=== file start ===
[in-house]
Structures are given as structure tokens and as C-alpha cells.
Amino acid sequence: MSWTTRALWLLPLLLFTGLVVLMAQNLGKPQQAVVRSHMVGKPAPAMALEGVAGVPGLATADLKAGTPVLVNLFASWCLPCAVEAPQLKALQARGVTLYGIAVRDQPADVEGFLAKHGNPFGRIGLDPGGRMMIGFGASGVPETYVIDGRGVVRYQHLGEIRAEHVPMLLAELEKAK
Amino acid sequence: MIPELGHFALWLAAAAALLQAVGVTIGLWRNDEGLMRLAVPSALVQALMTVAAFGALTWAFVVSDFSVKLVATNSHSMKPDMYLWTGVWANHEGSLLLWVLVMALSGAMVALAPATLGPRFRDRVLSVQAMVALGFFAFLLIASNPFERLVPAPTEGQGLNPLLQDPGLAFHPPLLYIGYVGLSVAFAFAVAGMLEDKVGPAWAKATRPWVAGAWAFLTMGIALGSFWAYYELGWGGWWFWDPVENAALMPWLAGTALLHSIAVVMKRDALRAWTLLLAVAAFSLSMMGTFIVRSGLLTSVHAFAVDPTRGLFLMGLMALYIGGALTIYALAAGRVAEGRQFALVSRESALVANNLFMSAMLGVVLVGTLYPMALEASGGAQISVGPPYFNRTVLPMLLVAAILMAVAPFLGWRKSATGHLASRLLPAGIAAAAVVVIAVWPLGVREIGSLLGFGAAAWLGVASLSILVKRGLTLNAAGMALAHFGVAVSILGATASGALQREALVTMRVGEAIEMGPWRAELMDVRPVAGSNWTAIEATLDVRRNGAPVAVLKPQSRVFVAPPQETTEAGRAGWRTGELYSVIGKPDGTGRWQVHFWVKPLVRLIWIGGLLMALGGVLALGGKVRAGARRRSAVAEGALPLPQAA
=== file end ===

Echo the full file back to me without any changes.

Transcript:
[in-house]
Structures are given as structure tokens and as C-alpha cells.
Amino acid sequence: MSWTTRALWLLPLLLFTGLVVLMAQNLGKPQQAVVRSHMVGKPAPAMALEGVAGVPGLATADLKAGTPVLVNLFASWCLPCAVEAPQLKALQARGVTLYGIAVRDQPADVEGFLAKHGNPFGRIGLDPGGRMMIGFGASGVPETYVIDGRGVVRYQHLGEIRAEHVPMLLAELEKAK
Amino acid sequence: MIPELGHFALWLAAAAALLQAVGVTIGLWRNDEGLMRLAVPSALVQALMTVAAFGALTWAFVVSDFSVKLVATNSHSMKPDMYLWTGVWANHEGSLLLWVLVMALSGAMVALAPATLGPRFRDRVLSVQAMVALGFFAFLLIASNPFERLVPAPTEGQGLNPLLQDPGLAFHPPLLYIGYVGLSVAFAFAVAGMLEDKVGPAWAKATRPWVAGAWAFLTMGIALGSFWAYYELGWGGWWFWDPVENAALMPWLAGTALLHSIAVVMKRDALRAWTLLLAVAAFSLSMMGTFIVRSGLLTSVHAFAVDPTRGLFLMGLMALYIGGALTIYALAAGRVAEGRQFALVSRESALVANNLFMSAMLGVVLVGTLYPMALEASGGAQISVGPPYFNRTVLPMLLVAAILMAVAPFLGWRKSATGHLASRLLPAGIAAAAVVVIAVWPLGVREIGSLLGFGAAAWLGVASLSILVKRGLTLNAAGMALAHFGVAVSILGATASGALQREALVTMRVGEAIEMGPWRAELMDVRPVAGSNWTAIEATLDVRRNGAPVAVLKPQSRVFVAPPQETTEAGRAGWRTGELYSVIGKPDGTGRWQVHFWVKPLVRLIWIGGLLMALGGVLALGGKVRAGARRRSAVAEGALPLPQAA